Update: This post is being written LIVE in Daegu, South Korea. After a lot of hand-wringing and gnome-slapping, my wife and I have finally made it across the world. It’s a wonderful experience, even now at the beginning, and I thank you in advance for your well wishes and prayers.
Because it’s been such a long day here (mostly laundry) (and beer), I’ll keep this relatively short.
If you’ve read any of this blog, you know how I feel about representation of people of color in speculative fiction and nerd/geek culture.
My reading and writing choices are directly influenced by my belief that PoC should be better (and more frequently) represented in fiction, especially speculative fiction.
A couple of months back, I got invited by my good man, John Henton look-alike, and superb fiction writer Daniel José Older to submit a story to Long Hidden, an anthology slated to be published by Crossed Genres that aims to highlight speculative fiction historical works written by and featuring authors of color.
From the announcement:
Most written chronicles of history, and most speculative stories, put rulers, conquerors, and invaders front and center. People with less power, money, or status–enslaved people, indigenous people, people of color, queer people, laborers, women, people with disabilities, the very young and very old, and religious minorities, among others–are relegated to the margins. Today, mainstream history continues to perpetuate one-sided versions of the past while mistelling or erasing the stories of the rest of the world.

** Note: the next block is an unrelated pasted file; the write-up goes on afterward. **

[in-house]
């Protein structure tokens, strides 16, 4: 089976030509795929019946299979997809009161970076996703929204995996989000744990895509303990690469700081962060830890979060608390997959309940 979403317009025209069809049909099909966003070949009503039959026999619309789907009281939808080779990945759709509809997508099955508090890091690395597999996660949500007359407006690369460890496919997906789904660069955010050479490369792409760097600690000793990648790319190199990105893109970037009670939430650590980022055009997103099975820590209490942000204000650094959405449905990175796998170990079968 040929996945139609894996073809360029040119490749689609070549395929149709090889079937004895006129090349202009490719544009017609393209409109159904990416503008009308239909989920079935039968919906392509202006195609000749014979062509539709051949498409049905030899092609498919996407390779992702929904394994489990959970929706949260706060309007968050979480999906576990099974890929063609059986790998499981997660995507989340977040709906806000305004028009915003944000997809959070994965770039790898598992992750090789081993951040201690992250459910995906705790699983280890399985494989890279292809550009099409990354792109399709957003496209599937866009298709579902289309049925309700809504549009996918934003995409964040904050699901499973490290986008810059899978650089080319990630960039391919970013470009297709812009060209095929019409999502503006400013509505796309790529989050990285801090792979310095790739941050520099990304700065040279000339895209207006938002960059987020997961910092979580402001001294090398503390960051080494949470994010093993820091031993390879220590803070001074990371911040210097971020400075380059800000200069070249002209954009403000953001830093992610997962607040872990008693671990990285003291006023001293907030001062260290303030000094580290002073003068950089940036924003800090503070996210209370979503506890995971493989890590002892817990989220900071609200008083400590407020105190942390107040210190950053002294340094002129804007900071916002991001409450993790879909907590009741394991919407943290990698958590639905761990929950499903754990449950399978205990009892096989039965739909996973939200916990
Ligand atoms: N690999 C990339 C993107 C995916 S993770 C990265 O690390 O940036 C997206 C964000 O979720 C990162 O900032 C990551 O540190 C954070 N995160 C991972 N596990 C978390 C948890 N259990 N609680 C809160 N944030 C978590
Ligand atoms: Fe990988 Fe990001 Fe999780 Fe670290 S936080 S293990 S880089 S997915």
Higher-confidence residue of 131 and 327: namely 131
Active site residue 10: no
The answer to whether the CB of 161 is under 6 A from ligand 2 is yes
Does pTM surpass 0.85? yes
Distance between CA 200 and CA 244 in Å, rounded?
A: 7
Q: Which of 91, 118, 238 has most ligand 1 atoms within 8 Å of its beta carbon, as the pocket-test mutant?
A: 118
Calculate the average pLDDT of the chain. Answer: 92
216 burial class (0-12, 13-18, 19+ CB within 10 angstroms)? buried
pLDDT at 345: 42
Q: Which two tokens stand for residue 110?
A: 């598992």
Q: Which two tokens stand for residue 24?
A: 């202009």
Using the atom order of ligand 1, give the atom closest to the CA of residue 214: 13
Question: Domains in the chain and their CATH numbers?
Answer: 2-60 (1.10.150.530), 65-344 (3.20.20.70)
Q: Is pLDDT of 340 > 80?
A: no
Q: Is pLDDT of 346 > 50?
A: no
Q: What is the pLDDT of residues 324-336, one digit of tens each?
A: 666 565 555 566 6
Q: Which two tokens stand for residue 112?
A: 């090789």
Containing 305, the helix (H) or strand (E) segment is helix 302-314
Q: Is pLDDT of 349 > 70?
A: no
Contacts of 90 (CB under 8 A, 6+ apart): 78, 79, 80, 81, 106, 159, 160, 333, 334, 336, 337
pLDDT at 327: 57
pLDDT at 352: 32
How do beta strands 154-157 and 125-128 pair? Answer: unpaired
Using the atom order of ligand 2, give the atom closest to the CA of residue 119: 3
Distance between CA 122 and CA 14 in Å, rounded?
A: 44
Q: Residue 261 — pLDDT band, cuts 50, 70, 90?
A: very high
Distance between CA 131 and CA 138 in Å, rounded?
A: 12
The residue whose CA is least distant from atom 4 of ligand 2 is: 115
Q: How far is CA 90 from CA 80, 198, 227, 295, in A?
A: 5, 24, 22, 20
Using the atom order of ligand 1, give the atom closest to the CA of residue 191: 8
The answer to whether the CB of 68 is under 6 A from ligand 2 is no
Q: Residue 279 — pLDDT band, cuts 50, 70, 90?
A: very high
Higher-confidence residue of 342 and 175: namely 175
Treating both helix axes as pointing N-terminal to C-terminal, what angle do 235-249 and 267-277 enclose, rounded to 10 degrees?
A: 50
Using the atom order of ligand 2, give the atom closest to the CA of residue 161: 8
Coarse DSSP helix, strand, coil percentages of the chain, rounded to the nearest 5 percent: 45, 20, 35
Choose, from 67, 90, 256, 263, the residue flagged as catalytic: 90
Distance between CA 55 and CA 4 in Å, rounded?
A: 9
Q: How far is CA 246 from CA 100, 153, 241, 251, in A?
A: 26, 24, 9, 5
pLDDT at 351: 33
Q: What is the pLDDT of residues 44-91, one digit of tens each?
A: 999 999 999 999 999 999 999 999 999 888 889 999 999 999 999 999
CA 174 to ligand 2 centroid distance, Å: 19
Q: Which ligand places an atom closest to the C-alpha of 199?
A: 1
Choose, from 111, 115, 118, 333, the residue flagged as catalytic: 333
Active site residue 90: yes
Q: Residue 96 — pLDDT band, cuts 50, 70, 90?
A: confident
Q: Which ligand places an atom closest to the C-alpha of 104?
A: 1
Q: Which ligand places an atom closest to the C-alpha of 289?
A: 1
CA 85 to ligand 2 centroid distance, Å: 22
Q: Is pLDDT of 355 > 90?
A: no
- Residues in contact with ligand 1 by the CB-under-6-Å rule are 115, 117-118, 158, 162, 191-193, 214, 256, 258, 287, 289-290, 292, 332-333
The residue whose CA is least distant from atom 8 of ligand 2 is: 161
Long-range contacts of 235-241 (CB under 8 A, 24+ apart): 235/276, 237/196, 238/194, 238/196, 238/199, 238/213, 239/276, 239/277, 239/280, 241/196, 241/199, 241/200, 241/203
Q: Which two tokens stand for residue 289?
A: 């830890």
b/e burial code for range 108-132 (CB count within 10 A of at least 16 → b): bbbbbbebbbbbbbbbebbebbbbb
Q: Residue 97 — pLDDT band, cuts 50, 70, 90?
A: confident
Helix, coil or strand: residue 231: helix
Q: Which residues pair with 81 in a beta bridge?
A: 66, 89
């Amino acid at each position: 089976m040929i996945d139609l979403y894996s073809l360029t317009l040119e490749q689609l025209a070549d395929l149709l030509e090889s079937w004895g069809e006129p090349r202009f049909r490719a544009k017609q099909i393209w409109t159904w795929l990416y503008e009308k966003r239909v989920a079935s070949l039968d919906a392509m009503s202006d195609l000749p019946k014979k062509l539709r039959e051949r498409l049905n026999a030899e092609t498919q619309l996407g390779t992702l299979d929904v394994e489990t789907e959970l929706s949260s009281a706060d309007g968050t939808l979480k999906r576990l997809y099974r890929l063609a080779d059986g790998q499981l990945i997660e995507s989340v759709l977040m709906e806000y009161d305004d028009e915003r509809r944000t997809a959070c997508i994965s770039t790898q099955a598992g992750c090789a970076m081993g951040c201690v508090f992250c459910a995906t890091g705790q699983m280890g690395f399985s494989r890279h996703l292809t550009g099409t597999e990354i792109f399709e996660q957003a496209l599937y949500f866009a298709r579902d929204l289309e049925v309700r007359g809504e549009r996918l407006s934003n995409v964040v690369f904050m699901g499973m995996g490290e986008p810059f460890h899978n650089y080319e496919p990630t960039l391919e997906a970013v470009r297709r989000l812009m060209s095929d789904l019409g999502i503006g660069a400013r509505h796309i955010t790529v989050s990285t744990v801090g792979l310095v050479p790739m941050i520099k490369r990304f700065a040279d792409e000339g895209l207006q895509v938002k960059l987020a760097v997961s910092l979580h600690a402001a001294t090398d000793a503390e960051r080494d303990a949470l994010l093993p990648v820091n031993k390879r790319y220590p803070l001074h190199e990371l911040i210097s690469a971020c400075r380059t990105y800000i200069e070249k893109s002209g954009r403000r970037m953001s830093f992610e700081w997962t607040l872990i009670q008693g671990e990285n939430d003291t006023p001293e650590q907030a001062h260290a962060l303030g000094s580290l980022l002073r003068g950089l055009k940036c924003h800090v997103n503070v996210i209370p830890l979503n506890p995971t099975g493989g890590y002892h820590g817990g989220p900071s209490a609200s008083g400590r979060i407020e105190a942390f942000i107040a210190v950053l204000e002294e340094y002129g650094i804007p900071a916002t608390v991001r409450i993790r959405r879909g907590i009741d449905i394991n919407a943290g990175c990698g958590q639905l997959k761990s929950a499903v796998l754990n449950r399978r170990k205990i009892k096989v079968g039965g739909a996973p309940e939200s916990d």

There is a long and honorable legacy of literary resistance to erasure. This anthology partakes of that legacy. It will feature stories from the margins of speculative history, each taking place between 1400 and the early 1900s and putting a speculative twist–an element of science fiction, fantasy, horror, or the unclassifiably strange–on real past events.
After my own heart.
The list of authors signed up to contribute to this anthology is amazing. I cut my teeth on Tananarive Due’s African Immortals series. Just yesterday, Nnedi Okorafor’s African Sunrise made me shed a couple’a R.N.T.’s. Kima Jones‘ writing burns my skin in the best kind of way.
This promises to be an epic gathering. All that’s needed is your support.
Here’s a link to the anthology’s kickstarter page. If you feel half the way that I do about the necessity of supporting great literature and art, then you can come up with a small something to support this effort.
That’s all I got for today. Beer is calling and towels need…hanging. Because apparently, dryers aren’t a thing in South Korea.
Y’all be easy!